Christine Stuart / ctnewsjunkie photo

HARTFORD, CT — Despite Gov. Ned Lamont’s veto threat, the state Senate passed a bill that moves Connecticut one step closer to Paid Family and Medical Leave.

The bill passed 21-15, with Sen. Joan Hartley, D-Waterbury, joining Republicans in voting against the measure after more than six hours of debate.

House Speaker Joe Aresimowicz, D-Berlin, was unable to say Wednesday whether they would raise the bill for debate in the House.

He said he has to meet with Rep. Robyn Porter,D-New Haven, and Lamont.

“It may be an issue we have to caucus again,” Aresimowicz added. “I’ve always said getting the bill to pass both chambers and getting the governor’s signature is very important. I’m not willing to wait on FMLA for the residents of the state of Connecticut, but we have to ensure we’re doing it in the right way.”

Lamont maintained his opposition to the version of the bill the Senate passed following the vote.

“We need to make sure this program is solvent, efficiently administered and nimble enough to adapt and adjust as needed, particularly in its first few, crucial years,” Lamont said. “I don’t believe the legislation, as currently drafted, will allow for that.”

Democratic Senators were less interested Wednesday in delving into the details of how the program would be administered and more interested in the benefits the program would offer every employee in the state of Connecticut.

Sen. Gary Winfield, D-New Haven, spoke about how important it was for him to be at the bedside of his dying mother and he didn’t necessarily have leave during that time, but he made time to be with her. More recently he had twins and when his son was in the neonatal unit he wouldn’t eat unless Winfield was present.

Winfield said he would have taken whatever job he needed to take to be at the hospital because there’s nothing more a parent wants than to get their infant home and out of the hospital.

“I know we’re going to talk about public versus private, I know we’re going to talk about all of that,” Winfield said. “But what I know is that these stories connect all of us. These are the things that bill is really about.”

He said the bill will help people so they’re not walking around trying to figure out what they can do to see their daughter, son, mother, or father.

Republicans — who offered their own alternative plan — questioned the sustainability of the program and whether it should be putting a quasi-public agency in charge of the money it will be taking from everyone’s paycheck. They did not question the merits of the policy, which is currently offered by some employers but not all of them.

Under the Democratic bill, every employee in the state of Connecticut would be asked to contribute 0.5 percent of their earnings to the fund.

Within two years employees will be able to access some of that money for 12 weeks of paid leave to care for a new child, family member with a serious health condition, their own medical condition, exigency arising out of a family member being on active duty, or serving as an organ or bone marrow donor.

The wage replacement for employees on leave would not exceed 60 times the minimum wage, which would be $780 a week based on a $13 an hour wage, $840 a week on a $14 an hour wage, and $900 on a $15 wage. Wage replacement would be 95% for those making the minimum wage.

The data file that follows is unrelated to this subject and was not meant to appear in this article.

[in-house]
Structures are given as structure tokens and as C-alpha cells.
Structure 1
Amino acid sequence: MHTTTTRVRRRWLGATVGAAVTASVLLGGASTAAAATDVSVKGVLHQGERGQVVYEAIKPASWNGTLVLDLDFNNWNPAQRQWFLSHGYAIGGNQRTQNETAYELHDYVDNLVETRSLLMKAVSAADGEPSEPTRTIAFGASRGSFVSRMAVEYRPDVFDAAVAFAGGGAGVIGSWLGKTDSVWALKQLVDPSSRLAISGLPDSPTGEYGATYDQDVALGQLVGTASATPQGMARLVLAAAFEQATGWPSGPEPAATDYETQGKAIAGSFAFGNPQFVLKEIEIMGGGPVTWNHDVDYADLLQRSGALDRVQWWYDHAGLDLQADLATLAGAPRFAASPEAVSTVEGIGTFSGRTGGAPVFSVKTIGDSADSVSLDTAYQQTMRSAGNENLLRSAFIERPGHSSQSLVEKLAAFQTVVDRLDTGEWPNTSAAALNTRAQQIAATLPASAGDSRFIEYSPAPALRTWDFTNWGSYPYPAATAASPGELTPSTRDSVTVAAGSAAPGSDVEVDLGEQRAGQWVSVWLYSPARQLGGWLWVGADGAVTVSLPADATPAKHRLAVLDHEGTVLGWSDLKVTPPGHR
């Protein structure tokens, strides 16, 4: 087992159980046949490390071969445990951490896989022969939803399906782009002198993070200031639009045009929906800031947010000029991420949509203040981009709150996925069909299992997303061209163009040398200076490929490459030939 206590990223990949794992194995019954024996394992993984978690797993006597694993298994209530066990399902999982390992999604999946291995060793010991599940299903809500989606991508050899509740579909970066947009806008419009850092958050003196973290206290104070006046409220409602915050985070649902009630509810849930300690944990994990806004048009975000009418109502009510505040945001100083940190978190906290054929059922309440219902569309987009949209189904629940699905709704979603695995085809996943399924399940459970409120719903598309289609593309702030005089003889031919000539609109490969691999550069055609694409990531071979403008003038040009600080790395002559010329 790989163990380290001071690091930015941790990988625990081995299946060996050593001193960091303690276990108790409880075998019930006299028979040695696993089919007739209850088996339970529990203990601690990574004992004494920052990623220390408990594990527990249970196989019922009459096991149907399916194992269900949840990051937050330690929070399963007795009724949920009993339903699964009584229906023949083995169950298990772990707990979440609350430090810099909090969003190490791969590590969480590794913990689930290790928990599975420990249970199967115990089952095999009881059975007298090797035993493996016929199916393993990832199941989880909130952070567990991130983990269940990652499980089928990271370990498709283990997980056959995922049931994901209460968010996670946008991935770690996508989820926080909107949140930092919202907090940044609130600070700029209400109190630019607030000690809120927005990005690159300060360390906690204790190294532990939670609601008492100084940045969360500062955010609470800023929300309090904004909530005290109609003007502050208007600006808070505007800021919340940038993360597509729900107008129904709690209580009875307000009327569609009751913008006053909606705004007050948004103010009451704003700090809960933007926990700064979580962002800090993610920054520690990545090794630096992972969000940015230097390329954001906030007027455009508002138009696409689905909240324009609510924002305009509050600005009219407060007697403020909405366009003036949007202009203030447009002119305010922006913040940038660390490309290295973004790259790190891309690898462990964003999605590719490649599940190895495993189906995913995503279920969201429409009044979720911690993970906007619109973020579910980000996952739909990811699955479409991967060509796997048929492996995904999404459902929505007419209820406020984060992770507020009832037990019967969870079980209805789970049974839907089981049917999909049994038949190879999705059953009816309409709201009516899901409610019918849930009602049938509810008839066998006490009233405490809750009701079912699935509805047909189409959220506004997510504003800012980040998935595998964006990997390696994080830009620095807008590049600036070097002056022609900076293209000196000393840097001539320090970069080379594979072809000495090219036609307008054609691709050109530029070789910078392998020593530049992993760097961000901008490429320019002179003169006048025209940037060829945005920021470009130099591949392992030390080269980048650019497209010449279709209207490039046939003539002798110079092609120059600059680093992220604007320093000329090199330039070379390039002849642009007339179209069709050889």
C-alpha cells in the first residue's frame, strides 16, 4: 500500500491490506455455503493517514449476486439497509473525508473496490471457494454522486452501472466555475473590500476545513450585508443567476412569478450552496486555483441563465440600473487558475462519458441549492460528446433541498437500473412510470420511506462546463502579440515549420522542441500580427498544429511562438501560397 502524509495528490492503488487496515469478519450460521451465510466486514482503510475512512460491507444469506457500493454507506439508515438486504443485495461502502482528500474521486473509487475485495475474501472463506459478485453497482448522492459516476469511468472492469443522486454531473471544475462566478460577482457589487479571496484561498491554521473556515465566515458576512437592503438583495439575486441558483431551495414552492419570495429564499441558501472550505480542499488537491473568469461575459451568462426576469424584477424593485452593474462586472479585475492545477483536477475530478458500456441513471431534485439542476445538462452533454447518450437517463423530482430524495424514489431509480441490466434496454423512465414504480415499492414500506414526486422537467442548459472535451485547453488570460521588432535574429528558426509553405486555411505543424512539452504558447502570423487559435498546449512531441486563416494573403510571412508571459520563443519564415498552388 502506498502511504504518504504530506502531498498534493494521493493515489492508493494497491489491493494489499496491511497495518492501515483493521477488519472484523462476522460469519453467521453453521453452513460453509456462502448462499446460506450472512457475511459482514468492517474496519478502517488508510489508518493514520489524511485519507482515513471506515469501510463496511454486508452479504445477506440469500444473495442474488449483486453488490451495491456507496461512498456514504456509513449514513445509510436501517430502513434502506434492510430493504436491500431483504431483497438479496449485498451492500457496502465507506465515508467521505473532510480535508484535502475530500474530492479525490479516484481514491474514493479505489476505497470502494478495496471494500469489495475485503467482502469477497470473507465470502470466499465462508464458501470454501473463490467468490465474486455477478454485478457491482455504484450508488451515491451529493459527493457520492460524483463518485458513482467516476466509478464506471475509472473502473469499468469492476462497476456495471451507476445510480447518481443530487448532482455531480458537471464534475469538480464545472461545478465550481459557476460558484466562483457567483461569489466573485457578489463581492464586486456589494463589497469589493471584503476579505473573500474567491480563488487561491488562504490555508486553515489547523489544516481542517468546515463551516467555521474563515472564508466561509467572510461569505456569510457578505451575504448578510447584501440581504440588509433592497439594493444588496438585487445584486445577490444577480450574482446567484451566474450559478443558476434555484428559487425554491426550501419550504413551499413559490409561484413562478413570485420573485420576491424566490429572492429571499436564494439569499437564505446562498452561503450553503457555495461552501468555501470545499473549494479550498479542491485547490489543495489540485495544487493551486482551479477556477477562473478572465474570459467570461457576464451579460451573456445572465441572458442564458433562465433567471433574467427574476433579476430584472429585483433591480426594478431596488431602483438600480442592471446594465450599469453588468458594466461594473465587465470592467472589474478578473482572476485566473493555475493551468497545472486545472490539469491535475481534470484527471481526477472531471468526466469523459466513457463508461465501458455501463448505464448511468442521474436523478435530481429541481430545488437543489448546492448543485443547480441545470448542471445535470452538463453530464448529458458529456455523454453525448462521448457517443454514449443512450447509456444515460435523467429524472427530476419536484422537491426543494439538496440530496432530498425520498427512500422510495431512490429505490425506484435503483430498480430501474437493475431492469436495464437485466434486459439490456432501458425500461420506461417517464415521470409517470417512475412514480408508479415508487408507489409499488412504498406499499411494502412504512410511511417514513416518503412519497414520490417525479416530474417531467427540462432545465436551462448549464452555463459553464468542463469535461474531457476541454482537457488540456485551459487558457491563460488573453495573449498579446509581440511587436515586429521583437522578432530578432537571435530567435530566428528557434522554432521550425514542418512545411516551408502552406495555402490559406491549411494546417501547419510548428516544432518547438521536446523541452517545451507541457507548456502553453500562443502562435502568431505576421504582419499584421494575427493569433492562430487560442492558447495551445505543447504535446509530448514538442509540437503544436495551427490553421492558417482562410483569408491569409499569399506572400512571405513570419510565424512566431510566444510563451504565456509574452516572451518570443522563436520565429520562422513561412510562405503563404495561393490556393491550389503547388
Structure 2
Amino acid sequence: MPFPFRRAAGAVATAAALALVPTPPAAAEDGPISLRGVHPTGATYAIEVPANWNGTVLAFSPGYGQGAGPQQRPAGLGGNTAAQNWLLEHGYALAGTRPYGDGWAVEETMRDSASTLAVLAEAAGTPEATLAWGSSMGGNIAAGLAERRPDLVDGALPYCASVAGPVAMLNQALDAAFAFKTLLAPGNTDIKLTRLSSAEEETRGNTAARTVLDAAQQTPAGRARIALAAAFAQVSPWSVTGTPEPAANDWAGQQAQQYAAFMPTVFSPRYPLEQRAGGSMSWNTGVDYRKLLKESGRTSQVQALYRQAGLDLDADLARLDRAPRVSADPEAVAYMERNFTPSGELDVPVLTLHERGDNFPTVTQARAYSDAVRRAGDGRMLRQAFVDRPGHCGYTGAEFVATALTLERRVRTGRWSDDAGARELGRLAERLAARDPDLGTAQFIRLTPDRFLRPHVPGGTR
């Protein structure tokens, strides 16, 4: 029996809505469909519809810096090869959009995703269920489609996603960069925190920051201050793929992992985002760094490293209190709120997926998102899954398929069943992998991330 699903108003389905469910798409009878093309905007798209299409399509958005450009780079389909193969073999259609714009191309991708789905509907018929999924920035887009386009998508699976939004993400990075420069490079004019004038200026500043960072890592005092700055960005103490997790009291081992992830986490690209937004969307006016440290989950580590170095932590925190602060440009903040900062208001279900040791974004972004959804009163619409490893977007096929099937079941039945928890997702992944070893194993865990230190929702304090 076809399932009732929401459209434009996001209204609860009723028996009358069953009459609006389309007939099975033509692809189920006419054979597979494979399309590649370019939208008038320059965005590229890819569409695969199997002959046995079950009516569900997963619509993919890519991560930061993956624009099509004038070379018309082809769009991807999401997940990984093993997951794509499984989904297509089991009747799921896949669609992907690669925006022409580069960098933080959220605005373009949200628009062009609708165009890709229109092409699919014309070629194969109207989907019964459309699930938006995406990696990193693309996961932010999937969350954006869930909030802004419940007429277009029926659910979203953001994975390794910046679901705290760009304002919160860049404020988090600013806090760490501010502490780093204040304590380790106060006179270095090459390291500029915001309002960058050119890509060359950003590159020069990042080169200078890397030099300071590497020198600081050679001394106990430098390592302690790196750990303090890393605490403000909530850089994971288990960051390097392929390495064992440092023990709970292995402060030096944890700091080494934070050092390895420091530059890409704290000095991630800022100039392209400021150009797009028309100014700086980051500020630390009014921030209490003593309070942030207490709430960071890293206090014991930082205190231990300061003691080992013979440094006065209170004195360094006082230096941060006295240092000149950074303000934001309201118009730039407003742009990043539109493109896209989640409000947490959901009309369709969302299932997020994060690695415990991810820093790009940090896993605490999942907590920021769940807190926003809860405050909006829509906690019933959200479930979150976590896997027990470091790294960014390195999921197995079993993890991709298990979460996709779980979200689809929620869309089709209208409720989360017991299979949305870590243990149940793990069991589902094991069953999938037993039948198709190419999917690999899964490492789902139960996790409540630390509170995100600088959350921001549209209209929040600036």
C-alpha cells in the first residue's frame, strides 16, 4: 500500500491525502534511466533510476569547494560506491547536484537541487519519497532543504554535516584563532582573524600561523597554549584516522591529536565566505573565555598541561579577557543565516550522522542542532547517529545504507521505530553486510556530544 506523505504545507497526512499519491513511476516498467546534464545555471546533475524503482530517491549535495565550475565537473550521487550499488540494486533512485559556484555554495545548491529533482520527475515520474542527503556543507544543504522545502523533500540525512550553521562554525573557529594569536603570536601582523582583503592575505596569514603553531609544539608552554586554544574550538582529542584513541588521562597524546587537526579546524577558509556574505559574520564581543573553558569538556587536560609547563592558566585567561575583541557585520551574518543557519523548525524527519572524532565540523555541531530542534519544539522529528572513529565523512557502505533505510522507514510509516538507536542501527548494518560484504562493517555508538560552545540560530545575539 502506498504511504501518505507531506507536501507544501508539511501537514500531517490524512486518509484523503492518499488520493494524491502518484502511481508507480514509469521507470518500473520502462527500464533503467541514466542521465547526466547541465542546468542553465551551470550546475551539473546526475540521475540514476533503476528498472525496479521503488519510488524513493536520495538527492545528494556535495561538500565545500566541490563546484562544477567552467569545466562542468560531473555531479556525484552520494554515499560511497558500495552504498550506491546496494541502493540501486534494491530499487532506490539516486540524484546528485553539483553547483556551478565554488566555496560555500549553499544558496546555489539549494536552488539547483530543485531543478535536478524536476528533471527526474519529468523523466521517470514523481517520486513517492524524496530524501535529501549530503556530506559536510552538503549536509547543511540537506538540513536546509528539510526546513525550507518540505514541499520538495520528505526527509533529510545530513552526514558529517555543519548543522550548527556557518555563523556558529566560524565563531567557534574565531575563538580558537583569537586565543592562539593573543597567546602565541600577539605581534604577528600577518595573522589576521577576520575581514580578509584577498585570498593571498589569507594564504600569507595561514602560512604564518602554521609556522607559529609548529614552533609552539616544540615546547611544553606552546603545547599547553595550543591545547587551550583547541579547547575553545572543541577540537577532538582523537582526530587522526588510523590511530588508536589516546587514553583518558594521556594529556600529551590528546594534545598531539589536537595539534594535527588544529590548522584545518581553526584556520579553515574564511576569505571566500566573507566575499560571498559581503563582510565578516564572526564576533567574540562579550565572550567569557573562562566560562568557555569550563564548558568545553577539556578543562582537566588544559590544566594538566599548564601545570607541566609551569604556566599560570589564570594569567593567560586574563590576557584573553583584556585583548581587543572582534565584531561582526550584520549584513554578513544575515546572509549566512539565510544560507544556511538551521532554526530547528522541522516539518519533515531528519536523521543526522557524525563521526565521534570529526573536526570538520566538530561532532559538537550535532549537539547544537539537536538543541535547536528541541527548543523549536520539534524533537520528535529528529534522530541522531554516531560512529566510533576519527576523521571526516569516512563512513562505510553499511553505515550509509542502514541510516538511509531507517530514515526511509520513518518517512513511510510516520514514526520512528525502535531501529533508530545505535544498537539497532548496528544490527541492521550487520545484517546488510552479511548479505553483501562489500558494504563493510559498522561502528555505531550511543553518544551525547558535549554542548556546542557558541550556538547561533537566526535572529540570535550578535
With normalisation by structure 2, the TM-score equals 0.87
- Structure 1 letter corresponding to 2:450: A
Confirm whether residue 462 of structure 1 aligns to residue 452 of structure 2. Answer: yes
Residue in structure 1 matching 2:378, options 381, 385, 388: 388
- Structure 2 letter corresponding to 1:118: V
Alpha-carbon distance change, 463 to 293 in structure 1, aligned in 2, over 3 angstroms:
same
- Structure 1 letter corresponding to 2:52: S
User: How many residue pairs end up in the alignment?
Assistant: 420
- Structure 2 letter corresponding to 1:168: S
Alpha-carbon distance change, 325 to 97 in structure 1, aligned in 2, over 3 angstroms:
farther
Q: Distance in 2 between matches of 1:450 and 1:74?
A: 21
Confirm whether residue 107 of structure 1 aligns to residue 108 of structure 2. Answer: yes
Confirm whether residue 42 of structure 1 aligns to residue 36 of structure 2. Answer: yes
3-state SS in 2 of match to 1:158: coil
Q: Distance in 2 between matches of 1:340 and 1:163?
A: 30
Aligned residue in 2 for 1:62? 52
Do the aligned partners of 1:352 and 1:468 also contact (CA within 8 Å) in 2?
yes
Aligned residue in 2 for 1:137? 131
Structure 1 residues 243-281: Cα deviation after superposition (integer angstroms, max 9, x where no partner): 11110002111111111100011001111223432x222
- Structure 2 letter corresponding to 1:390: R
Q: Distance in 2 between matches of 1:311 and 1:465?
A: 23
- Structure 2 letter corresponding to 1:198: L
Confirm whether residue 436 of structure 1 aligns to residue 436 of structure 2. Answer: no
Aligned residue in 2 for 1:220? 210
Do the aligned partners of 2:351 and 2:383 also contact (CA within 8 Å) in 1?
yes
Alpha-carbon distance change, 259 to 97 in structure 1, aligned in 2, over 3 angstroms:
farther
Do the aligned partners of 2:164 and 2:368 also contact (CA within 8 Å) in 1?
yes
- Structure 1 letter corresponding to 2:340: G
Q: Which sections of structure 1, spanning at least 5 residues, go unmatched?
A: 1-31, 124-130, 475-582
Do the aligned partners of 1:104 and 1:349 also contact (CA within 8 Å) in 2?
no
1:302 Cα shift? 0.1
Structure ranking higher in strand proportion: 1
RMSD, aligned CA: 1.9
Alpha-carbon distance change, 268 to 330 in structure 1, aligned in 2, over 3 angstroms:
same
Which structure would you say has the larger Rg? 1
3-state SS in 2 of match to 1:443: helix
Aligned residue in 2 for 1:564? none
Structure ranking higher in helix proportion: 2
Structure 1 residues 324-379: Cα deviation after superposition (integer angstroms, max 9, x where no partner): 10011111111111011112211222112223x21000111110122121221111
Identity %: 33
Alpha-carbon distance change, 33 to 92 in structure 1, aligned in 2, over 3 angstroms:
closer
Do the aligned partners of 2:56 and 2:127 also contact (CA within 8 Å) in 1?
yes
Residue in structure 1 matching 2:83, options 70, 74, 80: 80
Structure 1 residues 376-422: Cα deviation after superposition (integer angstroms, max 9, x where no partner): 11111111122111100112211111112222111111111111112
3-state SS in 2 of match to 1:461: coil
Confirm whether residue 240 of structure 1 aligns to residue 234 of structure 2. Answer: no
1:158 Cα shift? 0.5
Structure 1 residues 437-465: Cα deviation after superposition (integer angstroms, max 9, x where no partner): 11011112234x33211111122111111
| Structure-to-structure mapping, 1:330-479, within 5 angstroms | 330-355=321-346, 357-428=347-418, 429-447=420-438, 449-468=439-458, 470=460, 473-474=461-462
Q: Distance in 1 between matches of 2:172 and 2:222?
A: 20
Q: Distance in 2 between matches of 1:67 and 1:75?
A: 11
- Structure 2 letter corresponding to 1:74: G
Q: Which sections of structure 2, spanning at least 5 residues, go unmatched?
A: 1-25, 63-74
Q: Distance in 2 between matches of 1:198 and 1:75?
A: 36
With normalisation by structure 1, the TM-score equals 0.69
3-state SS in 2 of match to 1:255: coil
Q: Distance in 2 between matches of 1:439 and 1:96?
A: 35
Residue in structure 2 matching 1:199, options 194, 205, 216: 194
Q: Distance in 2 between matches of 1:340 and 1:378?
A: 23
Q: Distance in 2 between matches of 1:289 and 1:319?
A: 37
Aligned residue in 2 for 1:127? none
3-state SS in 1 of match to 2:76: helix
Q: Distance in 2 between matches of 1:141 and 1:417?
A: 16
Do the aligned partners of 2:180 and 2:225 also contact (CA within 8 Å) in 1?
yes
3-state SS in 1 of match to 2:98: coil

Self-employed employees and sole-proprietors have the ability to opt-in to the program.

California, the District of Columbia, Rhode Island, Massachusetts, New York, and Washington state all have Paid Family and Medical Leave Programs.

One of Lamont’s concerns was the composition of the board for the the quasi-public agency and its ability to bid the administrative functions to a private company.

Sen. Julie Kushner, D-Danbury, said they haven’t ruled out using private industry to administer some parts of the program through the quasi-public agency created through the legislation.

“It’s been very well thought out,” Kushner said.

She said it contemplates the need to keep some work within the Department of Labor and the ability to contract for services with the private sector.

“This bill will provide working families with time off to take care of their kids with wage replacement, so that they don’t have to pick between their family members and a paycheck,” Kushner said before debate on the bill began.

Kushner said this bill will allow small employers compete because they’re not going to have to pay the wage replacement out of their pockets “but they will have the comfort of knowing that someone who is taking care of a sick family member or they themselves are sick have the ability to call on this insurance program to get some wage replacement.”

Sen. Paul Formica, R-East Lyme, who owns a restaurant, said that means he would have to hire a temporary worker and that’s going to come out of his pocket and what happens when the employee returns from leave.

“I’m going to be paying unemployment no matter what,” Formica said.

He said he wants to defend his right to be able to provide benefits to his employees without government interference.

“I believe this should be market conditions,” Formica said.

The Republican plan, which was offered as an amendment, would be a voluntary program that residents could purchase.

Democrats doubted that would it would help a minimum wage worker working two jobs, but it’s unclear because the the Republican plan didn’t have a price tag and would require actuarial analysis.

As far as the Democratic plan is concerned, “I really truly believe we have a governor who is going to sign this bill,” Kushner said.

The Democratic plan has been reviewed by actuaries, but in the case of a shortfall the quasi-public agency in charge of the program is required to reduce the benefit by the minimum amount necessary to ensure solvency.

“This bill gives me great hope,” Kushner said.

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